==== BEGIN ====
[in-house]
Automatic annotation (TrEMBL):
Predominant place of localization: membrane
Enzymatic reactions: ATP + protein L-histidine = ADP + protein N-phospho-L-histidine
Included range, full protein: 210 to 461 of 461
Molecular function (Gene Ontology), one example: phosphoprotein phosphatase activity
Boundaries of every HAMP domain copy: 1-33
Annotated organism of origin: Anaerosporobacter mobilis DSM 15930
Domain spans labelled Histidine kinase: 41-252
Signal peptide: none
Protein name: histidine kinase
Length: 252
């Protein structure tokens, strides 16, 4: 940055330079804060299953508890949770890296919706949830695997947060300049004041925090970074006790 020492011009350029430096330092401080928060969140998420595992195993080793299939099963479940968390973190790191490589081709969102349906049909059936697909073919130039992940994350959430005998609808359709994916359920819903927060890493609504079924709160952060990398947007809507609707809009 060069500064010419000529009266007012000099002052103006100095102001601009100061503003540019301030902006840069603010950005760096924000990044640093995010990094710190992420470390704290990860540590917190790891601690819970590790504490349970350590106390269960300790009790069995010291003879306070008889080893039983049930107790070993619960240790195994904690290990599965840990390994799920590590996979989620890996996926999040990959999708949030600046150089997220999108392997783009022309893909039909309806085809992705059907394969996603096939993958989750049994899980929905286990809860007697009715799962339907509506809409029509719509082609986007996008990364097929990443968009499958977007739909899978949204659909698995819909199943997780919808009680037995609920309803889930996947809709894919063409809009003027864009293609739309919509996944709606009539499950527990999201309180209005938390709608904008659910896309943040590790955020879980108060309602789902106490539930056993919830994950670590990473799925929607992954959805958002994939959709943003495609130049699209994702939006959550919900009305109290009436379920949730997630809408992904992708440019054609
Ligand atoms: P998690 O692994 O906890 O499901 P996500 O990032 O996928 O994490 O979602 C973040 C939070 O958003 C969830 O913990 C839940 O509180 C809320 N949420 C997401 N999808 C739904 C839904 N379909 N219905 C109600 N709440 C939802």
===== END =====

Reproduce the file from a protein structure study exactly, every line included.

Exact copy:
[in-house]
Automatic annotation (TrEMBL):
Predominant place of localization: membrane
Enzymatic reactions: ATP + protein L-histidine = ADP + protein N-phospho-L-histidine
Included range, full protein: 210 to 461 of 461
Molecular function (Gene Ontology), one example: phosphoprotein phosphatase activity
Boundaries of every HAMP domain copy: 1-33
Annotated organism of origin: Anaerosporobacter mobilis DSM 15930
Domain spans labelled Histidine kinase: 41-252
Signal peptide: none
Protein name: histidine kinase
Length: 252
């Protein structure tokens, strides 16, 4: 940055330079804060299953508890949770890296919706949830695997947060300049004041925090970074006790 020492011009350029430096330092401080928060969140998420595992195993080793299939099963479940968390973190790191490589081709969102349906049909059936697909073919130039992940994350959430005998609808359709994916359920819903927060890493609504079924709160952060990398947007809507609707809009 060069500064010419000529009266007012000099002052103006100095102001601009100061503003540019301030902006840069603010950005760096924000990044640093995010990094710190992420470390704290990860540590917190790891601690819970590790504490349970350590106390269960300790009790069995010291003879306070008889080893039983049930107790070993619960240790195994904690290990599965840990390994799920590590996979989620890996996926999040990959999708949030600046150089997220999108392997783009022309893909039909309806085809992705059907394969996603096939993958989750049994899980929905286990809860007697009715799962339907509506809409029509719509082609986007996008990364097929990443968009499958977007739909899978949204659909698995819909199943997780919808009680037995609920309803889930996947809709894919063409809009003027864009293609739309919509996944709606009539499950527990999201309180209005938390709608904008659910896309943040590790955020879980108060309602789902106490539930056993919830994950670590990473799925929607992954959805958002994939959709943003495609130049699209994702939006959550919900009305109290009436379920949730997630809408992904992708440019054609
Ligand atoms: P998690 O692994 O906890 O499901 P996500 O990032 O996928 O994490 O979602 C973040 C939070 O958003 C969830 O913990 C839940 O509180 C809320 N949420 C997401 N999808 C739904 C839904 N379909 N219905 C109600 N709440 C939802």